ECG signal

Dr Diana R Holdright
MD, FRCP, FESC, FACC, MBBS, DA, BSc

Consultant Cardiologist

Dr Diana Holdright
 
 

Treatments - Renal Artery Denervation

High blood pressure or hypertension is a very common condition, affecting 30% to 40% of all adults in the UK, rising to around 70% in the over 70s age group.  The risk of coronary artery disease and stroke are directly related to blood pressure readings, and treatment to lower blood pressure is typically a combination of lifestyle changes (weight loss, regular exercise and a reduction in salt and alcohol intake) and drug therapy in the form of antihypertensives. Most patients need more than one drug, each taken at least daily, to lower their blood pressure adequately; however, in a significant proportion of patients it is not possible to lower the blood pressure to target levels despite multiple drugs at high doses.

It has been known for many years that the sympathetic nervous system (part of the “fight or flight” response, which automatically regulates many body functions) is more active than normal in patients with hypertension. Sympathetic nerves supplying the kidneys contribute to the development and perpetuation of hypertension, triggering a number of chemical pathways which aggravate the situation. The blood pressure lowering effect of blocking this sympathetic activation was demonstrated surgically as far back as the 1950s, but it is only very recently that there has been a resurgence in interest, and in particular in the use of a minimally invasive technique to block the sympathetic nerve supply to the renal arteries, the blood vessels supplying the kidneys; this is called renal sympathetic denervation.

Under local anaesthetic and sedation a tube is passed using X-ray guidance into the blood vessel in the groin and up to the renal artery. Energy, in the form of radiofrequency, is applied through the catheter within the renal arteries, effectively denervating the arteries and blocking the sympathetic signals which would otherwise operate.  Catheter-based renal denervation for the treatment of resistant hypertension has featured prominently at recent international hypertension and cardiology meetings, following initial reports that the treatment reduced blood pressure significantly with an acceptably low complication rate. However, unexpected and disappointing results from the latest SYMPLICITY HTN-3 trial have just been announced. This phase 3 study testing catheter-based renal denervation for the treatment of resistant hypertension failed to achieve its primary efficacy end point, which was a sustained reduction in systolic blood pressure at six months.1 This is in stark contrast to the very encouraging results from the earlier SYMPLICITY HTN trials which showed a significant and sustained fall in blood pressure following renal denervation. Quite why the results were not replicated in the latest study is uncertain. However, the earlier studies were not blinded since they did not include a control arm with a sham procedure, suggesting that the benefits seen in the earlier trials were potentially due to a placebo effect and not to denervation per se. As ever, this underscores the importance of meticulously designed and conducted trials prior to the introduction of new techniques in the clinical arena.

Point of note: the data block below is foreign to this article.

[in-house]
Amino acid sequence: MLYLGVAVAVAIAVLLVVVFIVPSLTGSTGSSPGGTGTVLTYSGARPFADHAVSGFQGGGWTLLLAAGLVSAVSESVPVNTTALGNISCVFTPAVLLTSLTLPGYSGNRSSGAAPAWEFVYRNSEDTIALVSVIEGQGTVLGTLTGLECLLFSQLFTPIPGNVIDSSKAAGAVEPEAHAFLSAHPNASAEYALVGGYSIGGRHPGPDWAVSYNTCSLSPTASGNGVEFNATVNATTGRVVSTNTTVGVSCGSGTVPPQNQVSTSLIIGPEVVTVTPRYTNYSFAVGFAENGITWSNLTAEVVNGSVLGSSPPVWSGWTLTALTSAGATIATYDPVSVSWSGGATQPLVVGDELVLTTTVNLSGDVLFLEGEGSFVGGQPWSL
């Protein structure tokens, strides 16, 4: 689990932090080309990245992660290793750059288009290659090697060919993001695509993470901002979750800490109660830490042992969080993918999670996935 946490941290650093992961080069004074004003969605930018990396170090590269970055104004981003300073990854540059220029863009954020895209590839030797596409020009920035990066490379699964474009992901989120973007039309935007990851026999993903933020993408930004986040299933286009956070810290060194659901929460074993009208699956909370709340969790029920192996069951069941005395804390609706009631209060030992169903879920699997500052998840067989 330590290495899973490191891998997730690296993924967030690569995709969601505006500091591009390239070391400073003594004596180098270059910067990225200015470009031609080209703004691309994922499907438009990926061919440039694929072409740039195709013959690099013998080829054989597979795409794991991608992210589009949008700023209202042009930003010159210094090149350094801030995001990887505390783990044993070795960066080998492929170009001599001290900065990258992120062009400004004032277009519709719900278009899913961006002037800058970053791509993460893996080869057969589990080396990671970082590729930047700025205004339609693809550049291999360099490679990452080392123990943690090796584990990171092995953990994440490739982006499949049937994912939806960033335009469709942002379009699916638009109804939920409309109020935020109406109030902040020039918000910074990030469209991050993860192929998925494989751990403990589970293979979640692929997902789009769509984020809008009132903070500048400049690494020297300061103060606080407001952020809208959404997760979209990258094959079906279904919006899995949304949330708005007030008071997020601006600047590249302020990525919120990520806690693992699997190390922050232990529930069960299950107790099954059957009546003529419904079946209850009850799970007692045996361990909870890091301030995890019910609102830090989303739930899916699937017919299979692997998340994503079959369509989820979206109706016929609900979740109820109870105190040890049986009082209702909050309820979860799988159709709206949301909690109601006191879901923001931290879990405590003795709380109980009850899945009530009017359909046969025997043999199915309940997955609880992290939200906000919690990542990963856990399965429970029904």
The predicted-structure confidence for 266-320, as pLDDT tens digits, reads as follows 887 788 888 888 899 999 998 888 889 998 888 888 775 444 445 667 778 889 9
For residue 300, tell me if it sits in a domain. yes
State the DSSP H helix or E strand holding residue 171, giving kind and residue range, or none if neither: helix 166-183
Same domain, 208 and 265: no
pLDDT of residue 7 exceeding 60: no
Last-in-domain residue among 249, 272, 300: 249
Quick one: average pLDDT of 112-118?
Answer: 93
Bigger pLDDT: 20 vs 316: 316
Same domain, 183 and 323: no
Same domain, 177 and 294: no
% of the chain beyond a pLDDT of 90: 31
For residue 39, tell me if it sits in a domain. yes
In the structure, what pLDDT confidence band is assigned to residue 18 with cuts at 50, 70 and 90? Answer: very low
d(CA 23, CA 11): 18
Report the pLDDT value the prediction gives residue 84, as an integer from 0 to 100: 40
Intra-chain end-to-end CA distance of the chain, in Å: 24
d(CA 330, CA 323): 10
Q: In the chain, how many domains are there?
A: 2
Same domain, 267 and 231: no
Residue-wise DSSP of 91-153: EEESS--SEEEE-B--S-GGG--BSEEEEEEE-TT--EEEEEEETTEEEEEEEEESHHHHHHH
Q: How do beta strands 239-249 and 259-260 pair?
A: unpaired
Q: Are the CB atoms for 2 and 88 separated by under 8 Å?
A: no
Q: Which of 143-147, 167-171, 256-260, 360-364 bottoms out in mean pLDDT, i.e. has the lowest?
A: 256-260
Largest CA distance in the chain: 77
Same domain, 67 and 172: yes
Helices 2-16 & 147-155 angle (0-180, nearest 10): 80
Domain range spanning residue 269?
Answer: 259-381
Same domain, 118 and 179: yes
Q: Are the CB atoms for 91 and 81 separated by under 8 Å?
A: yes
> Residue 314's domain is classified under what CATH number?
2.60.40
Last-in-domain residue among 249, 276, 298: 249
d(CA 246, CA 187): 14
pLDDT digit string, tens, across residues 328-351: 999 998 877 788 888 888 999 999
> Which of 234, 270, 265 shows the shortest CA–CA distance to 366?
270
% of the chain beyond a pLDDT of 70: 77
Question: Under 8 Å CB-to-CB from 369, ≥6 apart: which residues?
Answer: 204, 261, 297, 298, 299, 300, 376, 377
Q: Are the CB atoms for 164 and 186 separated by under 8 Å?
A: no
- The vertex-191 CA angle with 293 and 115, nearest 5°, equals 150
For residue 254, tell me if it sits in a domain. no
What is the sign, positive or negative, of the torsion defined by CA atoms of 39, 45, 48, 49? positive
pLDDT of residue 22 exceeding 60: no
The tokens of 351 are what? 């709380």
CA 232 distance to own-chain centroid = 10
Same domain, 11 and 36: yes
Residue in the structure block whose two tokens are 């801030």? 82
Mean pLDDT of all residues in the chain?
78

Download and print

1 http://newsroom.medtronic.com/phoenix.zhtml?c=251324&p=irol.newsArticle&ID=1889335&highlight=

Treatments - Renal Artery Denervation